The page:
If you’ve been exploring the online world lately, you’ve likely come across a peculiar combination of four letters in your social media feeds. It’s almost become a social norm to ask, “What’s your MBTI?” But why do young people have such an intense fascination with MBTI, and what’s the allure behind it?
What is the MBTI?
The MBTI, or Myers-Briggs Type Indicator, is a popular personality assessment created by Katharine Cook Briggs and her daughter, Isabel Myers-Briggs. This test sorts people into 16 different personality types by examining them along four key dimensions.
These four dimensions are:
- Extraversion (E) or Introversion (I), representing the source of an individual’s mental energy, whether from the external world or within.
- Sensing (S) or Intuition (N), representing how an individual perceives information, focusing on specific details and reality (Sensing) or concepts, theories, and future trends (Intuition).
- Feeling (F) or Thinking (T), indicating how individuals make decisions and prioritize values (Feeling) or logic and criteria (Thinking).
- Judging (J) and Perceiving (P), reflecting an individual’s approach to life, either preferring structure, deadlines, and goals (Judging) or adaptability and spontaneity (Perceiving).
What Makes MBTI So Captivating?
The widespread enchantment with MBTI taps into a deep philosophical question: Who am I? However, it doesn’t stop there. It also delves into questions like “Who do I aspire to be?” and “How do I want others to perceive me?” When taking the test, individuals gain a clear insight into their ideal selves and the gap between their current selves and their aspirations. Essentially, MBTI helps users find their path towards their ideal selves.
Then there are the memes! Every day, countless people actively search for, consume, and share MBTI content online. In this process, fans shift from being passive consumers to active creators. And they love it. One of my friends, an INFP, once said, “Honestly, I’m not that into MBTI itself. I take the test and move on. But I absolutely adore the creative memes that people come up with. I check out @mbti.memes regularly.”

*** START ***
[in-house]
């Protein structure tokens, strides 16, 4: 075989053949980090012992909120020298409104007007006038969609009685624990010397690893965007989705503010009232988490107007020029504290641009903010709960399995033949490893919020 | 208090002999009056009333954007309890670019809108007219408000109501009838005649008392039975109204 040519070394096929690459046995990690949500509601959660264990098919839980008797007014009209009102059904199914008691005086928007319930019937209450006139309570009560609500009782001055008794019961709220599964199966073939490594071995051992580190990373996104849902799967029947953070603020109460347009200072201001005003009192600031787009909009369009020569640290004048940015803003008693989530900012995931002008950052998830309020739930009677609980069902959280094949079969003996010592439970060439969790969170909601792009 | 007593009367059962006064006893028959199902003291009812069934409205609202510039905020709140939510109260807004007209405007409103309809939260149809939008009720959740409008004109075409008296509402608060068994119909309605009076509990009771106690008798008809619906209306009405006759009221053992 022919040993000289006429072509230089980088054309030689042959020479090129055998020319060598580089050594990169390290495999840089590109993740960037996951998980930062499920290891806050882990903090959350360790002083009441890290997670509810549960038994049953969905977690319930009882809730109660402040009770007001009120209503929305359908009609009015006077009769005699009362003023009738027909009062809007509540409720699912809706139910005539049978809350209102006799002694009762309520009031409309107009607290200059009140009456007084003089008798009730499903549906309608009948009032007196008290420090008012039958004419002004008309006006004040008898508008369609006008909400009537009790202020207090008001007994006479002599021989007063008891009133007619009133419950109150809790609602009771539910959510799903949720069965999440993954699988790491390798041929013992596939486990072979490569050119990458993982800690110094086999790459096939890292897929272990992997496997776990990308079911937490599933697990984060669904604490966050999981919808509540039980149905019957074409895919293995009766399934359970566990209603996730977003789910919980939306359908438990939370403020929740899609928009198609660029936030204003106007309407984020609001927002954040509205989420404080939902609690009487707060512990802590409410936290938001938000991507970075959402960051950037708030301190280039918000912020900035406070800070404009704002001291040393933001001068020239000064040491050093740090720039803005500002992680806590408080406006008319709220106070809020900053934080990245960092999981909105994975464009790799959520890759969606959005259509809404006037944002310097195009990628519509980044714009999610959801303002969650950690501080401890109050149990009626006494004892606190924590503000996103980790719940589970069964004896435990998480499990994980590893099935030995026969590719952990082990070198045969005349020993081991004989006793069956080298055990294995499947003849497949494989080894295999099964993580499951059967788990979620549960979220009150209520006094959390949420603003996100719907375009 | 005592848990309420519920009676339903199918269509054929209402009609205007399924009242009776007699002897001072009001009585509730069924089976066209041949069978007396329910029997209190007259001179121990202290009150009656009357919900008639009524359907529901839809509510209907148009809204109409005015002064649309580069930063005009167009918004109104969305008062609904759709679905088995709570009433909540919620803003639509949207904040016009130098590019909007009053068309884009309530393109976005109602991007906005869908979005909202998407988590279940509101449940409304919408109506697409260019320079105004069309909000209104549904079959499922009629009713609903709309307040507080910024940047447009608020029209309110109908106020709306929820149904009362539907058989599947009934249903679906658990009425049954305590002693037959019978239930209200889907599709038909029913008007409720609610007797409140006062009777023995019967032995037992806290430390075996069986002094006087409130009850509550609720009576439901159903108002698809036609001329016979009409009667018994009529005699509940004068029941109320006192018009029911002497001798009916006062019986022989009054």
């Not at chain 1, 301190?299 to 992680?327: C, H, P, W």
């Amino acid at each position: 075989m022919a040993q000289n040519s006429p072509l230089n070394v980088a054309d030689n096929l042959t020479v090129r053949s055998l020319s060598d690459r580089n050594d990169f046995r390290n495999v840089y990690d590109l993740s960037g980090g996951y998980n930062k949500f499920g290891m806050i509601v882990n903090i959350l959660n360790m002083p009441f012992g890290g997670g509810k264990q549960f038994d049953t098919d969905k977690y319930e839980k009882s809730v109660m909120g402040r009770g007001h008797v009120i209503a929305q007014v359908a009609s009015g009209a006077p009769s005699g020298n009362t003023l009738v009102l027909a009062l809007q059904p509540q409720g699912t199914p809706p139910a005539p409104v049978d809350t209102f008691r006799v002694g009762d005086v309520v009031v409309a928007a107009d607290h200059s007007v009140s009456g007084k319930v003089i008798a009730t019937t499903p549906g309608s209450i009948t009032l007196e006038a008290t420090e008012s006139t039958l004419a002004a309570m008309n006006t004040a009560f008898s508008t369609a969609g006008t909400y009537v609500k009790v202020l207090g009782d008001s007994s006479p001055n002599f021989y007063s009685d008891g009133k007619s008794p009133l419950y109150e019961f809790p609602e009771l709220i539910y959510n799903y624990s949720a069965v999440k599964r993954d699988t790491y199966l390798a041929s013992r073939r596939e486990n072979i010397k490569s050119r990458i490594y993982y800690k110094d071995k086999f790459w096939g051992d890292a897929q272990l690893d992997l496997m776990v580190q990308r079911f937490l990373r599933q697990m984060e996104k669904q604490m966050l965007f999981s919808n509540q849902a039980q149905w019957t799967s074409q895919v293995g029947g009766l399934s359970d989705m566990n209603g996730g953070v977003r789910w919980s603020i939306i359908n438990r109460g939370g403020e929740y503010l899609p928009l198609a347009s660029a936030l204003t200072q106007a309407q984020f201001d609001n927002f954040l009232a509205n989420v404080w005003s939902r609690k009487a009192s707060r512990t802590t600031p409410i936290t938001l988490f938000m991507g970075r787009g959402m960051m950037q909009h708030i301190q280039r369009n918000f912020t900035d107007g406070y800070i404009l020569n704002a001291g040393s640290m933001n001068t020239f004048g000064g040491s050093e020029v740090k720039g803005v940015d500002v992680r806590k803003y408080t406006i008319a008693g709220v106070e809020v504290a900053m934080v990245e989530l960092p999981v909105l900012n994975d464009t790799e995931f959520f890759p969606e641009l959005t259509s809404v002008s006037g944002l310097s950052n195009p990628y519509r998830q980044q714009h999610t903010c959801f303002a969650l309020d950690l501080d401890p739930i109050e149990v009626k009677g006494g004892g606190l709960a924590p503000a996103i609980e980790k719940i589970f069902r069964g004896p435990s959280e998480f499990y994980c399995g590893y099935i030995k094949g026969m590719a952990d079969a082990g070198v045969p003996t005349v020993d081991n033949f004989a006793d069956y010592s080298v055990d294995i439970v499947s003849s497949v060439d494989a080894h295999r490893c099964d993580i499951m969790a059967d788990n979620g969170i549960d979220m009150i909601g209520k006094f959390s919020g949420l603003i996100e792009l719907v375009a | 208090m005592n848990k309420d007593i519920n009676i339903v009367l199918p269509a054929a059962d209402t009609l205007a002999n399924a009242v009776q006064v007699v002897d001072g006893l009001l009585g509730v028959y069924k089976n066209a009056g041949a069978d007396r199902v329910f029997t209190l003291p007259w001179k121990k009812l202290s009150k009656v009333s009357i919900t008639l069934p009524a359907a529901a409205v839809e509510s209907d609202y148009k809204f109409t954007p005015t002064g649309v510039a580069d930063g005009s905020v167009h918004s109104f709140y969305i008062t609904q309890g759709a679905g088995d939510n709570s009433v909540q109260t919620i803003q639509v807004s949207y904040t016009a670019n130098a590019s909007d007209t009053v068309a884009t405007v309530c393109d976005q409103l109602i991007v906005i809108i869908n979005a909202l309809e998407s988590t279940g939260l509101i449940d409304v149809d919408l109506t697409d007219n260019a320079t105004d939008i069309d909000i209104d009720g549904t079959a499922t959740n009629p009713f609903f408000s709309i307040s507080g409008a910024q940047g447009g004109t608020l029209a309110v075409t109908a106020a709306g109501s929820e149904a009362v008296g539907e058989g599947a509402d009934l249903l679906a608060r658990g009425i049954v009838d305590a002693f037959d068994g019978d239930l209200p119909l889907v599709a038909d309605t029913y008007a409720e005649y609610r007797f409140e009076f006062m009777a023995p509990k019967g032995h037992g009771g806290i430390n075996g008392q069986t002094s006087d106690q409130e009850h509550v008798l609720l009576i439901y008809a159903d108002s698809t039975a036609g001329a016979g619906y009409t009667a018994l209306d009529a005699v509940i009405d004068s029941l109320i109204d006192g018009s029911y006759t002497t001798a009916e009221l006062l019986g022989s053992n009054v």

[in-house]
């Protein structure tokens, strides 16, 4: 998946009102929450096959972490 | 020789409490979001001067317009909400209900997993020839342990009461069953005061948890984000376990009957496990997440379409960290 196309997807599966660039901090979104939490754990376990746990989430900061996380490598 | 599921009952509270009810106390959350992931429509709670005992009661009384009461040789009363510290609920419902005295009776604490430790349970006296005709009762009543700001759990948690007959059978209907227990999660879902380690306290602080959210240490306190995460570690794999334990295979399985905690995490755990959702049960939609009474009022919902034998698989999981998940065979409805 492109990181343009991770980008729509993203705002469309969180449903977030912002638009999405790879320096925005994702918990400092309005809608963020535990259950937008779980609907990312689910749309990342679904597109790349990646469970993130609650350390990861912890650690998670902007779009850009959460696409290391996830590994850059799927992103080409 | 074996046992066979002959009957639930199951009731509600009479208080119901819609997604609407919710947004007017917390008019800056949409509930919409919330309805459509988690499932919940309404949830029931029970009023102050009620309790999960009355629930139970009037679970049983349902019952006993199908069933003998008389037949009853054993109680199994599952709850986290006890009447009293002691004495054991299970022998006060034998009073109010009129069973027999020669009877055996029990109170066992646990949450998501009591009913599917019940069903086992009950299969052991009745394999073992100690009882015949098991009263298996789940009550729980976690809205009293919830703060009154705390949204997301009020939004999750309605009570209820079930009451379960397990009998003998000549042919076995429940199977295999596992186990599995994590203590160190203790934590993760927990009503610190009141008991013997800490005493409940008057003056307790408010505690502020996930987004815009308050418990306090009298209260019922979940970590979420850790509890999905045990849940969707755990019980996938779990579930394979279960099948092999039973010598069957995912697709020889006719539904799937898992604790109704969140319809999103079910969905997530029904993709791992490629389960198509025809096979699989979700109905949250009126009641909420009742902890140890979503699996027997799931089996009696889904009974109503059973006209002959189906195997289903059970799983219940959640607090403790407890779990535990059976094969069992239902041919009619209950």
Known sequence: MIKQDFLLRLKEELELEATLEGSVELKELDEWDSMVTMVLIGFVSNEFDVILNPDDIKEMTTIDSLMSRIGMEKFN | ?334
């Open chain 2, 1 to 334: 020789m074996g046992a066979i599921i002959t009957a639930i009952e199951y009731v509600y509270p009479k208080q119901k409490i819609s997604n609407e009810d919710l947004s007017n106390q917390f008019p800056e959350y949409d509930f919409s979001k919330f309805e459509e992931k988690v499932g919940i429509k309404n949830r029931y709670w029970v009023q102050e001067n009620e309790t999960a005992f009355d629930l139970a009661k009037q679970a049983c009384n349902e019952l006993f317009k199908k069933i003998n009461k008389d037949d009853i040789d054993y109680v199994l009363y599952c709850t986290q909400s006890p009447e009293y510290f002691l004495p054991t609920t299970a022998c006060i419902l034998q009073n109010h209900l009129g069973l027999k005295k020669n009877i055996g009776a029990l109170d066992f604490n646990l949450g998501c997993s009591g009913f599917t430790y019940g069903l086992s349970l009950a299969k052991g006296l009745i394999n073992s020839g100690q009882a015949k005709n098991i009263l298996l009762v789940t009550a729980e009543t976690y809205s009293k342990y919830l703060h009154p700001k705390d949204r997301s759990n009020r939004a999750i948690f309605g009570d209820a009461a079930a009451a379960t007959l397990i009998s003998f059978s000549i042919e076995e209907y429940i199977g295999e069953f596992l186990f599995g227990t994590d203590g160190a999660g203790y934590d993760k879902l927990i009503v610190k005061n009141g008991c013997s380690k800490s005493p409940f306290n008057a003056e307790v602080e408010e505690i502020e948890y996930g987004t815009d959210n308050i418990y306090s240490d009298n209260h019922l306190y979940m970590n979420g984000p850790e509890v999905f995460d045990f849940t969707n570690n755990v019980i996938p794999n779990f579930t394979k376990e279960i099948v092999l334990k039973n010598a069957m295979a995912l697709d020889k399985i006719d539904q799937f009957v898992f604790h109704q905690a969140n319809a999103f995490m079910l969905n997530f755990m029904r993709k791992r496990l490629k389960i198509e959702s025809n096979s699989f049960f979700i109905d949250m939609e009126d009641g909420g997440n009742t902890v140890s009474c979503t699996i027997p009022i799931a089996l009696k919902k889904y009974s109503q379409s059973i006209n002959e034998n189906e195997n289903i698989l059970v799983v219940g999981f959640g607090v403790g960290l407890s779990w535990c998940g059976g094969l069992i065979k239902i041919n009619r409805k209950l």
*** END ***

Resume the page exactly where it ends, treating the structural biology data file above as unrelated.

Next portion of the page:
I guess why people like memes is because memes can distill complex ideas and emotions into bite-sized, relatable humor. Memes take the often abstract world of MBTI personality types and translate it into digestible, shareable content. They serve as a gateway to the world of MBTI, making it more accessible and engaging for a wider audience.
Additionally, memes foster a sense of belonging and connection within the MBTI community. They create a shared language that transcends personality types and allows people to express their unique experiences. When you find a meme that perfectly encapsulates your thoughts or feelings, it’s as if someone out there truly understands you, and that connection is what makes the MBTI meme culture so enjoyable. So, your enjoyment of MBTI memes isn’t just about humor but also about the sense of belonging and relatability they offer.
This might explain why, despite MBTI’s lack of scientific consensus, testability issues, and internal contradictions1, millions of people keep taking the test year after year. Furthermore, in reality, the results could apply to almost anyone, which is known as the Barnum Effect. The “Barnum effect” is the phenomenon where people willingly accept personality interpretations supposedly derived from assessment results, even though the descriptions contain information that could apply to just about everyone2. The same effect is used when crafting horoscopes to make people feel like they’re tailor-made for them.
To me, MBTI is a tool for self-discovery and leisure, offering some insights and comfort. While it can be entertaining and enlightening, it shouldn’t be taken as the ultimate key to understanding yourself or others. Human beings are wonderfully complex, and no set of four letters can fully capture the essence of an individual.
So, by all means, enjoy MBTI and the creative memes, connect with friends and let it be a source of fun and curiosity in your digital life. Just remember that we are all uniquely diverse, and the true essence of a person goes far beyond any personality label!
And what are your thoughts on MBTI? Do you find it insightful or just a fun way to pass the time? And also, what are some of your favorite MBTI memes? Feel free to share in the comments below!” Here are some, enjoy!
- Stein, R., & Swan, A. B. (2019). Evaluating the Validity of Myers-Briggs Type Indicator theory: a Teaching Tool and Window into Intuitive Psychology. Social and Personality Psychology Compass, 13(2), 1–11. ↩︎
- Snyder, C. R., Shenkel, R. J., & Lowery, C. R. (1977). Acceptance of personality interpretations: The “Barnum effect” and beyond.. Journal of Consulting and Clinical Psychology, 45(1), 104–114. ↩︎